Here's the headline that took me by the hand. "Left-handed women may face higher cancer risk, study says." Here's what happened. Over 12,000 middle-aged women participated in a breast cancer screening study for 18 years in the Netherlands. Lefties were more than twice as likely to develop breast cancer before experiencing menopause.
"The researchers stressed that left-handed women should not be unduly worried based on these findings, nor should they be screened more closely for the disease." How helpful and comforting.
The good thing, as my friend Judy says in the face of disaster, is that if you're a youngish left-handed woman you now know your risk of cancer is higher - without any invasive procedures, claustrophobic tests, or reading People Magazine in the waiting room. Or you're right-handed.
The bad thing, if you take this study seriously, is that you're left-handed. Blame what hormones did to you in the womb, just like the study did (but don't blame your mom.) Too bad you can't blame the nuns. You used to be left-handed and may still be ... unbeknownst to you ... if the nuns "corrected" it out of you with a yardstick as a wee lass, left-handedness being the devil's work.
When it comes to health, almost all information can be a dangerous thing - even the headlines.
Should you take an aspirin a day? Take your pick: "Aspirin Could Save More Women's Hearts;" "Study Questions Daily Aspirin's Overall Benefit;" "Aspirin, Ibuprofen Might Boost Risk of Certain Breast Cancers." It's enough to stress you out.
Stress? "Stress May Reduce Women's Risk of Breast Cancer." Chocolate, the natural stress reducer for women? "Chocolate Could Help Reverse Smokers Vessel Damage." And laughter? "Laughter is A Common Asthma Trigger." Not funny.
Then there's the duh category: "High Blood Pressure Can Be Lethal in Overweight." "Nursing Home Costs Vary Widely by Area." "Depression Raises Seniors Death Risk." Who pays for these studies of the obvious? (Don't answer that - I might laugh.)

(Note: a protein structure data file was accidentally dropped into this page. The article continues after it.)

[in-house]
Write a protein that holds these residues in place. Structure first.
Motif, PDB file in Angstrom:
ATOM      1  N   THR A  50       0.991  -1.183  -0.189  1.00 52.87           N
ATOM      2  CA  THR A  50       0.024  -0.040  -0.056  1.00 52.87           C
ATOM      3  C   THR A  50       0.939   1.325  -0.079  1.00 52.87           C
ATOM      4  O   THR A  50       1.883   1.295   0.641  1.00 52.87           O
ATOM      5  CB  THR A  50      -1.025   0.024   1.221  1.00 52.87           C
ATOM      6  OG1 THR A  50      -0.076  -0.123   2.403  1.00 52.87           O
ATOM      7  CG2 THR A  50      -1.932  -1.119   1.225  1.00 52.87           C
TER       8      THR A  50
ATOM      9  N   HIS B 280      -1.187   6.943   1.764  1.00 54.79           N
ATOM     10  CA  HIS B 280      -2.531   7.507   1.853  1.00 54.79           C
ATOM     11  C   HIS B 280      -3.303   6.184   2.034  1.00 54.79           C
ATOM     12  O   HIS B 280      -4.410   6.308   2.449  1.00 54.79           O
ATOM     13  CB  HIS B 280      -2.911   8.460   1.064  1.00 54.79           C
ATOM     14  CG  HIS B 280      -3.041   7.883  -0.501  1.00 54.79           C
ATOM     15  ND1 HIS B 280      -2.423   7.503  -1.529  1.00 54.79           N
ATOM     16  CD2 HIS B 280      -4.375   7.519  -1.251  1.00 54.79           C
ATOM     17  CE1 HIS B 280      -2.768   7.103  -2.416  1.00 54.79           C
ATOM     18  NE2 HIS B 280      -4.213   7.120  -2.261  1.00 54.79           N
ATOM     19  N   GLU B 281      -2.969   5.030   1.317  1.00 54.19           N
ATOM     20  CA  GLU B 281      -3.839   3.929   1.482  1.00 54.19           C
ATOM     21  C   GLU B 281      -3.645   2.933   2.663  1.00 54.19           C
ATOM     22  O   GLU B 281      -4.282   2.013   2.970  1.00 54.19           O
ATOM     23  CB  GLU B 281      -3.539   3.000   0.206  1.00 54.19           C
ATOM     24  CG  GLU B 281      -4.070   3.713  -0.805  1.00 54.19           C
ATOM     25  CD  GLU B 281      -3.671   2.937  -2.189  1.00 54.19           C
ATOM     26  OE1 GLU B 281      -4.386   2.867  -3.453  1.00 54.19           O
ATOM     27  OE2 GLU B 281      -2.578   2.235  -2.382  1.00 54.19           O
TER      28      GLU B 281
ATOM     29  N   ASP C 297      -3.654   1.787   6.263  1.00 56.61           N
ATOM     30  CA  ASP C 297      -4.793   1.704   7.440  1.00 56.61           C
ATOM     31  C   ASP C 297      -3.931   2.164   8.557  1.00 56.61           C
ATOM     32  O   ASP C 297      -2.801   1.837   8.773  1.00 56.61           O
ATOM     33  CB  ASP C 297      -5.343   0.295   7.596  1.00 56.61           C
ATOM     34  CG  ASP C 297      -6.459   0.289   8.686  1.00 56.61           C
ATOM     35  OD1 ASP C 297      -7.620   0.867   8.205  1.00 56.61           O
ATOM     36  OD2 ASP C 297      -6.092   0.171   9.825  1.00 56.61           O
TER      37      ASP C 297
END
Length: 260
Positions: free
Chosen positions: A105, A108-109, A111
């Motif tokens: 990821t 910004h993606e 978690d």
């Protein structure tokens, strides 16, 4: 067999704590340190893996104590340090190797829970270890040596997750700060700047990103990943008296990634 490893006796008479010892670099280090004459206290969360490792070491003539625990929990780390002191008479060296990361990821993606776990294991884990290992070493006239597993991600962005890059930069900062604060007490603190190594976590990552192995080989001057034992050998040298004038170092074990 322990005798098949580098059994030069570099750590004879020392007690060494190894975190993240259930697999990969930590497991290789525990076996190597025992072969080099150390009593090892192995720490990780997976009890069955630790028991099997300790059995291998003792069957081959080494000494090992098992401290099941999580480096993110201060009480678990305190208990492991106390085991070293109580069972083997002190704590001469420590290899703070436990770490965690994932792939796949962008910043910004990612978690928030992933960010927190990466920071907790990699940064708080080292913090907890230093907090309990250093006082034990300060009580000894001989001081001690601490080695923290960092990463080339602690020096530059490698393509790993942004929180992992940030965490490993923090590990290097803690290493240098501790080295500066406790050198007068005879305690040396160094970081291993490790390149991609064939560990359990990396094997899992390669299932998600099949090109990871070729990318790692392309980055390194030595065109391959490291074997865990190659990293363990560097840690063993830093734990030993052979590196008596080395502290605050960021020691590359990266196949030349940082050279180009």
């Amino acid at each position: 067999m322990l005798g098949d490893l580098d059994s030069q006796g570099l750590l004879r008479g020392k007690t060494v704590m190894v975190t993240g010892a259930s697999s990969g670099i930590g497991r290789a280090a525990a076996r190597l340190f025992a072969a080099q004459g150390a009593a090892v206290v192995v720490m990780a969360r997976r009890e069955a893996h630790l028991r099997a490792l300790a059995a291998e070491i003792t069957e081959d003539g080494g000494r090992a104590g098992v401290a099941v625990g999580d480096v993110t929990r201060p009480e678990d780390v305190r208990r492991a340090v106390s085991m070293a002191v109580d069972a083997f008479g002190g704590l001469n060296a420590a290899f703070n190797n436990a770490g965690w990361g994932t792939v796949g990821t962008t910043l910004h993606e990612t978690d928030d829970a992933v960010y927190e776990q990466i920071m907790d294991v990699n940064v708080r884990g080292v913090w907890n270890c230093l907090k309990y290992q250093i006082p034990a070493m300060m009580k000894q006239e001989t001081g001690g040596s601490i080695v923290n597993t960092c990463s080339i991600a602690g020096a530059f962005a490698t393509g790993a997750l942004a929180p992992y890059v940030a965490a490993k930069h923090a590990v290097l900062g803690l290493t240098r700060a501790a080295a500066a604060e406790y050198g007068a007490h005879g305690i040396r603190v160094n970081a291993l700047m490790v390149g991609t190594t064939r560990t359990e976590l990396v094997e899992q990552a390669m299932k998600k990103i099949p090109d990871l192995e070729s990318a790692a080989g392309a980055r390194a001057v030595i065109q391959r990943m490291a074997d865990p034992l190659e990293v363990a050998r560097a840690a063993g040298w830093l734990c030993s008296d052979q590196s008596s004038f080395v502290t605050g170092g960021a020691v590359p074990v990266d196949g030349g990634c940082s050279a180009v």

Here's a typical conundrum for the health conscious from the Website DrKoop.com.
"There is a fine line between healthy drinking and risky drinking. More studies are being done on the possible benefits wine (particularly red wine) may have on heart disease. However, it is a very controversial topic."
On the one hand (right, perhaps?) "There is some evidence from population based studies that people who drink moderately may be less likely to develop heart disease than nondrinkers."
On that other hand, "... drinking alcohol has been linked to high blood pressure, cancer, stroke, suicide, motor vehicle accidents, physical abuse, obesity, heart failure, arrhythmias (irregular heart rhythms), pancreatitis, and liver disease. In addition, although some studies suggest that alcohol may raise HDL (the good kind of cholesterol), it also raises triglycerides (a type of fat in the blood)."
Getting the upper hand on the controversial wine versus aspirin issue, the medical web site advises, "Taking aspirin in accordance with your doctor's instructions is a more standard method for lowering your chances of developing a blood clot if you are at risk for heart disease or stroke. Note: you should NOT drink alcohol if you take aspirin regularly." Thanks a lot.
As confusing as this is, at least we're not mice. "Green Tea Compound Stops Alzheimer's in Mice." And then there are the three that didn't stop last month. "Plague Infected Lab Mice Are Missing" from a university lab in New Jersey.
I'm feeling better already; I'm not in New Jersey.
n Abby Johnson is a resident of Carson City. She consults on community development and nuclear waste issues. Her opinions are her own and do not necessarily reflect those of her clients.